Stop by our booth (#1817) at the TASA/TASB Convention this weekend, and let us show you how our service and our new Spec Sheets can help your district choose and use instructional materials more effectively. If you won’t be at the conference, request a webinar at your convenience, and we’ll be glad to introduce you to our service.

Read More

Happy Birthday, Ralph W. Tyler!

20150422 Educating AmericaBorn in Chicago on April 22, 1902, Ralph W. Tyler was a visionary educator and a leading proponent of student-centered learning. His seminal work “Basic Principles of Curriculum and Instruction” was a best seller when it was published in 1949, and it continues to influence curriculum development to this day. In it, Tyler lays out what has come to be known as “Tyler’s Rationale,” which asserts that effective instruction is organized around four basic questions:

  1. What educational purposes should the school seek to attain?
  2. What educational experiences can be provided that are likely to attain these purposes?
  3. How can purposes be organized?
  4. How can we determine whether these purposes are being attained?

“Basic Principles” also introduced the concept of student-centered instruction, establishing that “learning takes place through the active behavior of the student; it is what he [the student] does that he learns, not what the teacher does (p. 63).”

Tyler worked with the Truman, Eisenhower, and Johnson administrations to shape the nation’s education policy, contributing to the development of the Elementary and Secondary Education Act in 1965. At the request of the Carnegie Corporation, he chaired a committee that developed the National Assessment of Educational Progress, or NAEP, in 1967. At the time, the introduction of a national test was controversial. It ignited fears of a federal takeover of education and unfair comparisons of students and schools. However, Tyler insisted that NAEP would not produce scores for individual students and schools. Instead results would be disaggregated across students’ demographic characteristics. Today, NAEP is known as the “Nation’s Report Card” and it remains the most reliable national data on student achievement.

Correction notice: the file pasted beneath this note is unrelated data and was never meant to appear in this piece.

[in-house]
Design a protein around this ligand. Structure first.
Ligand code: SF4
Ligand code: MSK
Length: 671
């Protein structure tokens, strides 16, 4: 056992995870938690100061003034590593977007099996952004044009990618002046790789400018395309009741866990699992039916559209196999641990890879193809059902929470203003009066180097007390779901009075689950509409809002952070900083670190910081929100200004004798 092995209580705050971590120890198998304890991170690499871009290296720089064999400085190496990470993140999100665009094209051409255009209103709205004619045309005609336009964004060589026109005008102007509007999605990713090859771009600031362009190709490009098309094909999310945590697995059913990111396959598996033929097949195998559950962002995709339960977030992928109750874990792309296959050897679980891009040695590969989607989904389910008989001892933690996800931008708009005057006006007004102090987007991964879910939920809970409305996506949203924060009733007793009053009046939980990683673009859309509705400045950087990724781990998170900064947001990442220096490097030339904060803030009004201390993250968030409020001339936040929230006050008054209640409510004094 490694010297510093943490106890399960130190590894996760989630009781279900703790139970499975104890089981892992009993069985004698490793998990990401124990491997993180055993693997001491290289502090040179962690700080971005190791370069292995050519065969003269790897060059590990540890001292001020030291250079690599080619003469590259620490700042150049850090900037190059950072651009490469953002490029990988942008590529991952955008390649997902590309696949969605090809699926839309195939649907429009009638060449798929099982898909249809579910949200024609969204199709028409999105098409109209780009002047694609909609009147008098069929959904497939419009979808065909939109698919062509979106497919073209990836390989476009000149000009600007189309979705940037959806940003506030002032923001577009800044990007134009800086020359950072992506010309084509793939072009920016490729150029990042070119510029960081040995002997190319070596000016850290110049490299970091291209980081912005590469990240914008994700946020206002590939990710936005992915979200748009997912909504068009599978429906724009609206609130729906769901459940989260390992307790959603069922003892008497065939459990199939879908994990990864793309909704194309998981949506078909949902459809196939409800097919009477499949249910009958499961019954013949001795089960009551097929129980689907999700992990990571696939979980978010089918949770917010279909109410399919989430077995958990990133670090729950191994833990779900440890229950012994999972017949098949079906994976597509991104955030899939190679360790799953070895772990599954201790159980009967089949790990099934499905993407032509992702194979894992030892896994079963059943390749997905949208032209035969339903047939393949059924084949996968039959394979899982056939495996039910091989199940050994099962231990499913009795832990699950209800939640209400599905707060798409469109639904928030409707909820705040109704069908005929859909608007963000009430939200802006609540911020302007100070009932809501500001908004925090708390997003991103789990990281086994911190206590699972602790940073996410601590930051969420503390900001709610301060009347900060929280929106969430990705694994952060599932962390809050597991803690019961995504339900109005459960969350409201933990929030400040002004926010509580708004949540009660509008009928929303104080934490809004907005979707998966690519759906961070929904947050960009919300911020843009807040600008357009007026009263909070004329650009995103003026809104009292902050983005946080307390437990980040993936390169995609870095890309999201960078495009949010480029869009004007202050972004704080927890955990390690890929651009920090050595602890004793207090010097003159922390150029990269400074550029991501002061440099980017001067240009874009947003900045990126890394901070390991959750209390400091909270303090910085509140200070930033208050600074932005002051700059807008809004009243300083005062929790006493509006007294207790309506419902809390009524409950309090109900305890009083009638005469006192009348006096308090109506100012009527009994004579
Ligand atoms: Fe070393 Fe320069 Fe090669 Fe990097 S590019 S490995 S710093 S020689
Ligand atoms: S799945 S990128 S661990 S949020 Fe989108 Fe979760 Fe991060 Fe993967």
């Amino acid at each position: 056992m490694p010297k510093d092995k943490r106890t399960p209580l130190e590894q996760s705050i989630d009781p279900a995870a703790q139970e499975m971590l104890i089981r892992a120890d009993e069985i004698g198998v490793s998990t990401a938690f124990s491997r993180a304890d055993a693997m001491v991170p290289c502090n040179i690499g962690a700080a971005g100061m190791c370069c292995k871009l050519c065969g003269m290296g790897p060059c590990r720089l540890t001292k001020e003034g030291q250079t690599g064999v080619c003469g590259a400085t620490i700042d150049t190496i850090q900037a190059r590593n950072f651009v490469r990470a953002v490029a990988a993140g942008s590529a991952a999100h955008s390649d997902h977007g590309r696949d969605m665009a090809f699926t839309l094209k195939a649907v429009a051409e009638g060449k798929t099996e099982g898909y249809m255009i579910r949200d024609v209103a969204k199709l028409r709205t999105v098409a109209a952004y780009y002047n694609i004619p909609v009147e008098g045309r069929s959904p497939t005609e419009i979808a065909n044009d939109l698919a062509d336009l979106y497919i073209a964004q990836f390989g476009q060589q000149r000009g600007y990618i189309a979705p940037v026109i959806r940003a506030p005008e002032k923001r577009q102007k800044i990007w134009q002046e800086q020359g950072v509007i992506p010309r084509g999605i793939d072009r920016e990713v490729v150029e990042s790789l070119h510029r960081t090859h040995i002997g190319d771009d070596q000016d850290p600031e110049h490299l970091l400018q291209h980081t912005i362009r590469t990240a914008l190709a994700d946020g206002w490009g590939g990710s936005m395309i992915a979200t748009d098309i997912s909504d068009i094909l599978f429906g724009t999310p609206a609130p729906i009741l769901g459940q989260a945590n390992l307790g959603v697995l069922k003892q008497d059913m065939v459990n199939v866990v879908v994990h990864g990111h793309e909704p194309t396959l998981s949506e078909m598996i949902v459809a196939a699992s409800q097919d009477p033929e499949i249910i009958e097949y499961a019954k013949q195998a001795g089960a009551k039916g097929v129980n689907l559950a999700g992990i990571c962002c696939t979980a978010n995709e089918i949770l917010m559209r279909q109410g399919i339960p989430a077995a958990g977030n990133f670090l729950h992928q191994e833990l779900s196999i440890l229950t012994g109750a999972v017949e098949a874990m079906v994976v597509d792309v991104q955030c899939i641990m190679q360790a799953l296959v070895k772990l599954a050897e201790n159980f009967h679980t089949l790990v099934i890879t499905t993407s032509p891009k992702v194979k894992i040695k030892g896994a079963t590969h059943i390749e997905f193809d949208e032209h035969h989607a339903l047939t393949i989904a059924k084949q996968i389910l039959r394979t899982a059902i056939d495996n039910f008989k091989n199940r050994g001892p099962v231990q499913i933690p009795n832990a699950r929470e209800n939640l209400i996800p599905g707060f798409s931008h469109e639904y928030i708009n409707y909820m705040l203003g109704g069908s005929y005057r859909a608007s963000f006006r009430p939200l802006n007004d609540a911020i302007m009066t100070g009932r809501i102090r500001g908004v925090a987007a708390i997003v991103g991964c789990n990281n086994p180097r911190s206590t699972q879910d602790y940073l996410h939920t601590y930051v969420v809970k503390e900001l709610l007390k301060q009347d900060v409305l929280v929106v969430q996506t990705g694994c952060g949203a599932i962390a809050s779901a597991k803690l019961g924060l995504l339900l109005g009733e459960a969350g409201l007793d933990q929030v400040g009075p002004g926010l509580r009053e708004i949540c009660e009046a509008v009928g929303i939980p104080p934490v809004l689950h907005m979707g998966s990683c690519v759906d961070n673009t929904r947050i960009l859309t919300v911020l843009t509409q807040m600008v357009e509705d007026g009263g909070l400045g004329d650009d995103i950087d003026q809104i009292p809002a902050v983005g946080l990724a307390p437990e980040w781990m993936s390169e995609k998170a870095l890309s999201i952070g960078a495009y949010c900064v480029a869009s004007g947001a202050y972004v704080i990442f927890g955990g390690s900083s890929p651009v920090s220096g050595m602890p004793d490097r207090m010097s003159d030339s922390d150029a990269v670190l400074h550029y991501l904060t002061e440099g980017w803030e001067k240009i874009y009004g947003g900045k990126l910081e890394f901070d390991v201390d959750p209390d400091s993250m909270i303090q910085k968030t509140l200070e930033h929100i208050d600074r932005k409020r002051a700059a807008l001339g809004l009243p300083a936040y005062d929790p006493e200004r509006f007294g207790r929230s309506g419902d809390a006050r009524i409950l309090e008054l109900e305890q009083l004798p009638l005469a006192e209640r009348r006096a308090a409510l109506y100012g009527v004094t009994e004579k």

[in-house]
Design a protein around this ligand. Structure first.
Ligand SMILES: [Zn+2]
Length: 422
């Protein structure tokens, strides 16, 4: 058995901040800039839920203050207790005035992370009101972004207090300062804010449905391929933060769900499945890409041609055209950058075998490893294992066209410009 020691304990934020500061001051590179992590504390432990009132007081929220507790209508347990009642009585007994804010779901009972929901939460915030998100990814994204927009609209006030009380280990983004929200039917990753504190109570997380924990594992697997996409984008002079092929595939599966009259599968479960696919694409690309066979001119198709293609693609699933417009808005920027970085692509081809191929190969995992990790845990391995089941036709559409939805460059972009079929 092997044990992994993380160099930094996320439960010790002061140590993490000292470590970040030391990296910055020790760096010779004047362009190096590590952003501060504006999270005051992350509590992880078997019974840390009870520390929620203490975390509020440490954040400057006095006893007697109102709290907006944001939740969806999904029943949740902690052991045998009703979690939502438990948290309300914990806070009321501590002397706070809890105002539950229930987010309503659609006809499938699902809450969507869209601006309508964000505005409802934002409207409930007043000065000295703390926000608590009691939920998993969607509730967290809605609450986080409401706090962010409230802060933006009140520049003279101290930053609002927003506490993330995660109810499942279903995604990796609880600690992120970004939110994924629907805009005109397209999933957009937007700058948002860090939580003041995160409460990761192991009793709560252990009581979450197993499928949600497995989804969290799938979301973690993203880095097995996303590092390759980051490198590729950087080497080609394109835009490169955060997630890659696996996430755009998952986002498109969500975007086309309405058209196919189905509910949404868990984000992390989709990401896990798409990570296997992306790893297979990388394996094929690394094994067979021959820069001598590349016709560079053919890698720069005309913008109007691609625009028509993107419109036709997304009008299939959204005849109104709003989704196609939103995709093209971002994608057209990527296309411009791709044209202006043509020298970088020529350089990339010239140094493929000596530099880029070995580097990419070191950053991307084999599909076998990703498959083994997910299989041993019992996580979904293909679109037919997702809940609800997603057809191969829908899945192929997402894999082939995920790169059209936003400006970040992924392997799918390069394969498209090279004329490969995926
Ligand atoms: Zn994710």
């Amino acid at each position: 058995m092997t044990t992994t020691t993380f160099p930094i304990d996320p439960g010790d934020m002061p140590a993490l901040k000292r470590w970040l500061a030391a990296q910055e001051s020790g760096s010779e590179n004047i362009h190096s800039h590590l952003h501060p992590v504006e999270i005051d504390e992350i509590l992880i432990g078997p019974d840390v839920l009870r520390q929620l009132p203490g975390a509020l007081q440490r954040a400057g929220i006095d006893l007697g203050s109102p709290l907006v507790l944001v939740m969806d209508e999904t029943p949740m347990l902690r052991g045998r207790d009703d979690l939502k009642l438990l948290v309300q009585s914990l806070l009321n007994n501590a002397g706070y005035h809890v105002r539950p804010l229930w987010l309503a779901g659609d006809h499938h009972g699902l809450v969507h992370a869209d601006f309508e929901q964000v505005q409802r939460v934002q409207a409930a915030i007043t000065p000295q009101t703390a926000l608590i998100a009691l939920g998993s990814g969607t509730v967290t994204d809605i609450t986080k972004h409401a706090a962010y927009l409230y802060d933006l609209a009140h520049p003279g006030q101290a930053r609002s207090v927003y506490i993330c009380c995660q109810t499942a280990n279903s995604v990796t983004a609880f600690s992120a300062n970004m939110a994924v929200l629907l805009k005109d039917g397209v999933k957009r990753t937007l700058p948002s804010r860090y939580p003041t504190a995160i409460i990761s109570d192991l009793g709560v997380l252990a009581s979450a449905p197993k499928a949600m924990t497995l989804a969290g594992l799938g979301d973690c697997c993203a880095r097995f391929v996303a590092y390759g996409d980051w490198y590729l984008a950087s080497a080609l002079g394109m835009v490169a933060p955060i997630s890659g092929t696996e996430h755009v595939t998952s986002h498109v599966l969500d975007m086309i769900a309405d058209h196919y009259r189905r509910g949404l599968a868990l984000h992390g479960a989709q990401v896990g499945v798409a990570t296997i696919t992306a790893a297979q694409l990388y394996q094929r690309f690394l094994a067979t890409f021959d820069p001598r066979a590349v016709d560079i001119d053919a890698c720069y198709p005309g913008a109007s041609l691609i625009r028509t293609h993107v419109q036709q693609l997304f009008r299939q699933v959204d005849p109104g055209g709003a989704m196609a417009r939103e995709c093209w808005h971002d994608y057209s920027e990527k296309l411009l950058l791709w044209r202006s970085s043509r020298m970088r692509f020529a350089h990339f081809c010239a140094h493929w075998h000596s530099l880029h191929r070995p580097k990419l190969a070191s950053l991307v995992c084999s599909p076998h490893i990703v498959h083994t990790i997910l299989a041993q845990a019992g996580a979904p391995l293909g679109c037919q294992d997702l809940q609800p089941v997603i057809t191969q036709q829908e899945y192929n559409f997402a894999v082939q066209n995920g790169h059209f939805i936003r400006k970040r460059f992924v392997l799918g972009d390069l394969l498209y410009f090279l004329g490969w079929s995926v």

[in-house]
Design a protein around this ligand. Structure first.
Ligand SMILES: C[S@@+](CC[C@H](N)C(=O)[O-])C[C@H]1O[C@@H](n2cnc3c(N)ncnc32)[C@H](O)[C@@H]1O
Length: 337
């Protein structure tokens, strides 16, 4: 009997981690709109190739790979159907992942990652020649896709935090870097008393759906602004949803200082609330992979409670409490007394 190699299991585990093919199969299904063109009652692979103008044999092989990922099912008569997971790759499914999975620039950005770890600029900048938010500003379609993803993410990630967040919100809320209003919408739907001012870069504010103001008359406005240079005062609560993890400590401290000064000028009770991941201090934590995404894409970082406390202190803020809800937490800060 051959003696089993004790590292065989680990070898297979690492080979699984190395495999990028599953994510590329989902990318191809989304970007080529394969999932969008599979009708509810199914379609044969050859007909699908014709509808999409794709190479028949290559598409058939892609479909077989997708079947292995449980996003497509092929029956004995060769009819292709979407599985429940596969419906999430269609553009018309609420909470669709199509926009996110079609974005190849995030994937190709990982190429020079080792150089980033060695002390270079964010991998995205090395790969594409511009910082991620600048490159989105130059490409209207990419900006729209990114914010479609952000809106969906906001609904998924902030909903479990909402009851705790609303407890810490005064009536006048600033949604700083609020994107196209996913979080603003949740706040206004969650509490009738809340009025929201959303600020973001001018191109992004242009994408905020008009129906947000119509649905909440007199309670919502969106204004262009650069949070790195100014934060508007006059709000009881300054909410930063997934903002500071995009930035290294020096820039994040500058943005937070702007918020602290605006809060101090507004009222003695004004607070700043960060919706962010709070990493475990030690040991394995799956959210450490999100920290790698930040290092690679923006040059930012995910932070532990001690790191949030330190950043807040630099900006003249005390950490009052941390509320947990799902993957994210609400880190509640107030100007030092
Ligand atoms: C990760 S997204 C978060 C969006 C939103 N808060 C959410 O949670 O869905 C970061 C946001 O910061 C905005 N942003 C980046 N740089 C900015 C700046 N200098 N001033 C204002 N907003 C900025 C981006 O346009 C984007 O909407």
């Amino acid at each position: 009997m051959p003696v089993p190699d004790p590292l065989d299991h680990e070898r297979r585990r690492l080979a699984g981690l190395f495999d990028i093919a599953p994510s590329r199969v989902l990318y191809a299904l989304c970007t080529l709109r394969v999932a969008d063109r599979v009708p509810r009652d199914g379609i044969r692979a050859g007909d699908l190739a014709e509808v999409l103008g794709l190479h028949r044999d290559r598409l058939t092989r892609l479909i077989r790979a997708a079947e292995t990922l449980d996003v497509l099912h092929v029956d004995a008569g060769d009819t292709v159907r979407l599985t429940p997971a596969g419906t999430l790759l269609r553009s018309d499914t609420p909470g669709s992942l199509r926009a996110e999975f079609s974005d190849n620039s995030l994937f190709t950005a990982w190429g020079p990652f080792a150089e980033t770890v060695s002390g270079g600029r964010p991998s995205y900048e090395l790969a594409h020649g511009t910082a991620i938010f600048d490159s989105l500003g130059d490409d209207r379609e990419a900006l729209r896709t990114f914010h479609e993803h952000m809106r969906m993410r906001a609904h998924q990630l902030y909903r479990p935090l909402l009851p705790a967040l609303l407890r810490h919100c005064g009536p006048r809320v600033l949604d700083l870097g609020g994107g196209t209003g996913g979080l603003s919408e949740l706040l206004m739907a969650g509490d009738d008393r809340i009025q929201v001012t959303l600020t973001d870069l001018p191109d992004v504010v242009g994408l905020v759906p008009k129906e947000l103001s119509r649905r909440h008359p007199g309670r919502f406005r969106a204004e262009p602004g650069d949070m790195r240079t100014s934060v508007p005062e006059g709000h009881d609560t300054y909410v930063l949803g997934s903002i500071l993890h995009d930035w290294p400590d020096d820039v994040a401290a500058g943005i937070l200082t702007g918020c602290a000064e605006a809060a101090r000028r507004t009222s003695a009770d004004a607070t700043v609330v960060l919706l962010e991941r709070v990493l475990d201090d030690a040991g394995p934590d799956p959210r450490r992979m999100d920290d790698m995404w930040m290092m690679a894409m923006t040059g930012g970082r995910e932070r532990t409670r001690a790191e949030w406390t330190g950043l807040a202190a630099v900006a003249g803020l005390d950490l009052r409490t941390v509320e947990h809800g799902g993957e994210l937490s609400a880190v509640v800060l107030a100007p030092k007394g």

About NAEP

[Source: NAEP]

[Source: NAEP]

The National Assessment of Educational Progress (NAEP) is the largest nationally representativ​e and continuing assessment of what America’s students know and can do in various subject areas. Assessments are conducted periodically in mathematics,readingsciencewritingthe artscivics,economicsgeographyU.S. history, and beginning in 2014, in Technology and Engineering Literacy​ (TEL).

Since NAEP assessments are administered uniformly using the same sets of test booklets across the nation, NAEP results serve as a common metric for all states and selected urban districts. The assessment stays essentially the same from year to year, with only carefully documented changes. This permits NAEP to provide a clear p​icture of student academic progress over time.

As NAEP moves into computer-based assessments, the assessment administration will remain uniform continuing the importance of NAEP as a common metric. Read more about the future of the NAEP assessment.

[Click here to subscribe to the Learning List blog.]

Read More

How Learning List Helps Further Educational Equity

equitymedA central premise of American public education is that all students should have access to a rigorous, high-quality curriculum.  While education reform efforts have tended to focus on the challenges urban public schools face in achieving educational equity, rural schools also confront challenges in achieving this important goal.  Social and geographic isolation, coupled with inadequate school and community resources, limits the ability of many rural schools to provide students, particularly high school students, with access to rigorous curricula and advanced coursework.